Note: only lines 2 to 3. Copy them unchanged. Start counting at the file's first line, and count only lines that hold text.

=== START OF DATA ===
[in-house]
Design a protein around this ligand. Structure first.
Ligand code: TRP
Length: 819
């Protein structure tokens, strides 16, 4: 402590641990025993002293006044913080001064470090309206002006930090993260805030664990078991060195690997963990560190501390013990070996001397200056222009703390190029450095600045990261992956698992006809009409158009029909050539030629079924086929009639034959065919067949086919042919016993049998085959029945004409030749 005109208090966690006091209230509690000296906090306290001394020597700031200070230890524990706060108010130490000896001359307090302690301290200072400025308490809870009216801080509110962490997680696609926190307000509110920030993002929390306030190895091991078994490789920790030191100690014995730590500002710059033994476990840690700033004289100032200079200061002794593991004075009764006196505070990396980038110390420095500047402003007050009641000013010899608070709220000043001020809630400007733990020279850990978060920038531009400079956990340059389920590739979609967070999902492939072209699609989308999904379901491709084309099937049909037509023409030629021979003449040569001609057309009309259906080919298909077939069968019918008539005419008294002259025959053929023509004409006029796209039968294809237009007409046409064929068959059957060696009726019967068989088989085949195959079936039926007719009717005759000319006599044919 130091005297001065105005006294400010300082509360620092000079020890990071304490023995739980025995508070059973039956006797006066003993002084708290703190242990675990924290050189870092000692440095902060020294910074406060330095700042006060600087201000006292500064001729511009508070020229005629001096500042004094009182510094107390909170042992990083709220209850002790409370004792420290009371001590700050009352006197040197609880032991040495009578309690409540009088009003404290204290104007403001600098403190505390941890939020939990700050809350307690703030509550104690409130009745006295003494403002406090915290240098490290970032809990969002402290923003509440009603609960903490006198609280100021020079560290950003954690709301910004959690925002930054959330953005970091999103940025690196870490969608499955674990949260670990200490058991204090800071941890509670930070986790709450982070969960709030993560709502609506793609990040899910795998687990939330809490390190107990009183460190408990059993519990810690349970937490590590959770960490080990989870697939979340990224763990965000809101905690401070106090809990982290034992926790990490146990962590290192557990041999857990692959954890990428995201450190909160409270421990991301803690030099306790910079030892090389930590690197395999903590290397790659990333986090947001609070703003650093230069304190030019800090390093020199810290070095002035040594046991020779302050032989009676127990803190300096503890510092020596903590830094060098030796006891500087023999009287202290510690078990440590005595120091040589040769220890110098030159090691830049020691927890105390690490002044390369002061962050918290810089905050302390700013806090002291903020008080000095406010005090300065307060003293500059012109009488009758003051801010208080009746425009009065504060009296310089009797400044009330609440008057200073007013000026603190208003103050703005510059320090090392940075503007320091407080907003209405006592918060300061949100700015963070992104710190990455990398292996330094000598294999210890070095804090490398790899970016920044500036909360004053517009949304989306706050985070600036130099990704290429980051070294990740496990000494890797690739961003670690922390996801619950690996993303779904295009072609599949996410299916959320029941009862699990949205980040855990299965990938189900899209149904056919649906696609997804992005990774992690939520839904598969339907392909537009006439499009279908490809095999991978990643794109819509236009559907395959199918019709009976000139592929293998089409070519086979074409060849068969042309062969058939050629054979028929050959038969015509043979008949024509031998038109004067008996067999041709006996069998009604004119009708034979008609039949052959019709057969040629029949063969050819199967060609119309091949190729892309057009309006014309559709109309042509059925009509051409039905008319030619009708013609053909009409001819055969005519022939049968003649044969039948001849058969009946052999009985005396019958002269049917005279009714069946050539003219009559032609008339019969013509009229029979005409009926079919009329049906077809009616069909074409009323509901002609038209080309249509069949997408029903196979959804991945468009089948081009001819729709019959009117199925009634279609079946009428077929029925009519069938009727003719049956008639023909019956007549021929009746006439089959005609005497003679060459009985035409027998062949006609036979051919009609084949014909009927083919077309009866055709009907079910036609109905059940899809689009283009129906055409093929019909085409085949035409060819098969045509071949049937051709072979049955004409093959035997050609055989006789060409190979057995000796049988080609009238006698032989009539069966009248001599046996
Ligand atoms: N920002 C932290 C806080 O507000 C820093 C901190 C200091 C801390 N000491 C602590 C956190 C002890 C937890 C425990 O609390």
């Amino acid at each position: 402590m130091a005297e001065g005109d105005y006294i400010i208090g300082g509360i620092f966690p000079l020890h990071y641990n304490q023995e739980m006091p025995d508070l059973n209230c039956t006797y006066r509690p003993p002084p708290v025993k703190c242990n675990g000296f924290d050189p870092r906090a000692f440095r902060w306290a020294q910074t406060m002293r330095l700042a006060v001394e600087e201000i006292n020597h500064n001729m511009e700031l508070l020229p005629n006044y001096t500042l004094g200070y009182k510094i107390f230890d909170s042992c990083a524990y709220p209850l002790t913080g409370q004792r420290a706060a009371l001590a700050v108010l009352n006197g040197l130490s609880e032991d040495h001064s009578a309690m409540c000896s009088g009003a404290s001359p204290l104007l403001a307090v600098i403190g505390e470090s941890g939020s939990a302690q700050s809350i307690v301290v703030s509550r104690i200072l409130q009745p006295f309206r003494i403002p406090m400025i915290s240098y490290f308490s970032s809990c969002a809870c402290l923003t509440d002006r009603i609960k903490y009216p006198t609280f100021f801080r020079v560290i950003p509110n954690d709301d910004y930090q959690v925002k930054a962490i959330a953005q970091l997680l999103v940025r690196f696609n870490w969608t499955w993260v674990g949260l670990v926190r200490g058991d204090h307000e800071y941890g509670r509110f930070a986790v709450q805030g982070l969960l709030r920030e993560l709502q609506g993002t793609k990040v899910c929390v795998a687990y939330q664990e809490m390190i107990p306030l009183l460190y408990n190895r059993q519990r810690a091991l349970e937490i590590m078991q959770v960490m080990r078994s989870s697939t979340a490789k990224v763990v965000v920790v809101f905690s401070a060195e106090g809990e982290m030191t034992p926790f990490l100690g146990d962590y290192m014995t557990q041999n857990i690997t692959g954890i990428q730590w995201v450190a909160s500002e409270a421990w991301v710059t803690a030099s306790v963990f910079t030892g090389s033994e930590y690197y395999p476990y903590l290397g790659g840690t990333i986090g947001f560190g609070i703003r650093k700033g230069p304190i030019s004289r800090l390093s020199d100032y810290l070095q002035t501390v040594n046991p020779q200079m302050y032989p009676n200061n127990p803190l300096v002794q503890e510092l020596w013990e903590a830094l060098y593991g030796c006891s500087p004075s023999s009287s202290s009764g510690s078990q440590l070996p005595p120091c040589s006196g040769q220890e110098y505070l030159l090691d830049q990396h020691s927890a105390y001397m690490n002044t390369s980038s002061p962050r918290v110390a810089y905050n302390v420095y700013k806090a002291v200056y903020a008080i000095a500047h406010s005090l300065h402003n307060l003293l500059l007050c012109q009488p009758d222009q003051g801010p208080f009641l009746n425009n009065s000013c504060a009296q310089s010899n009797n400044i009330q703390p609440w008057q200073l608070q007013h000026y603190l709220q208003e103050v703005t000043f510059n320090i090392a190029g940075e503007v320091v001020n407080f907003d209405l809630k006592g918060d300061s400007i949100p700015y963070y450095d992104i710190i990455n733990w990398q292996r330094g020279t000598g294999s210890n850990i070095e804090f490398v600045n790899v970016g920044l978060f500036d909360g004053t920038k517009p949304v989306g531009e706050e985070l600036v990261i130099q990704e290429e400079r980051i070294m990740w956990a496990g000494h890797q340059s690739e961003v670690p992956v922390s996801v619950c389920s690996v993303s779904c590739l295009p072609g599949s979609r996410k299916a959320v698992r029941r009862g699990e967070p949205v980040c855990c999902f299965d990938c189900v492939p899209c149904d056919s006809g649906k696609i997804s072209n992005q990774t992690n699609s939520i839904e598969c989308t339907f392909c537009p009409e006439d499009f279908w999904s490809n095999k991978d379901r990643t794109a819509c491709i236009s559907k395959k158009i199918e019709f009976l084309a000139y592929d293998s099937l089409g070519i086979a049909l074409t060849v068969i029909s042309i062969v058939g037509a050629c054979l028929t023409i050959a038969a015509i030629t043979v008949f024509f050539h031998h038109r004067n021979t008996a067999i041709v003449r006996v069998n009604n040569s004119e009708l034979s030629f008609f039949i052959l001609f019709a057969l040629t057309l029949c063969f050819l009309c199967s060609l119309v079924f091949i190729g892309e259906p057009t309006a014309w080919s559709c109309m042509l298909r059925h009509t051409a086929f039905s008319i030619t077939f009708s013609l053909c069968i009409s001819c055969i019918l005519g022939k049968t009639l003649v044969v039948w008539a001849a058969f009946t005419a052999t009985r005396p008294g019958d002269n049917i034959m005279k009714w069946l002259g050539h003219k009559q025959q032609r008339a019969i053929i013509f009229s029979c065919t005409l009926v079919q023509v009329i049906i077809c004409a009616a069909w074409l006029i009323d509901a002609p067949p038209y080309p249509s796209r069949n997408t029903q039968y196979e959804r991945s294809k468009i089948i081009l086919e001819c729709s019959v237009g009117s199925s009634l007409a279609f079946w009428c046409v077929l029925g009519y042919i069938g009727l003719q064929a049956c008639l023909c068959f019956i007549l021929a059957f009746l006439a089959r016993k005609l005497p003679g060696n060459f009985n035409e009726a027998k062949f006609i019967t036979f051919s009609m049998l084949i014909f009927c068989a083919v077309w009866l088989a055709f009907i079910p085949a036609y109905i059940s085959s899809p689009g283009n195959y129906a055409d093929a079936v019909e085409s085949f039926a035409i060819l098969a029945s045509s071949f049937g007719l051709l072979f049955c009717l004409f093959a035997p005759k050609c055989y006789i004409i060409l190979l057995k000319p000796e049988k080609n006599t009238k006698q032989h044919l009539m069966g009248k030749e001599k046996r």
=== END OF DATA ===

Design a protein around this ligand. Structure first.
Ligand code: TRP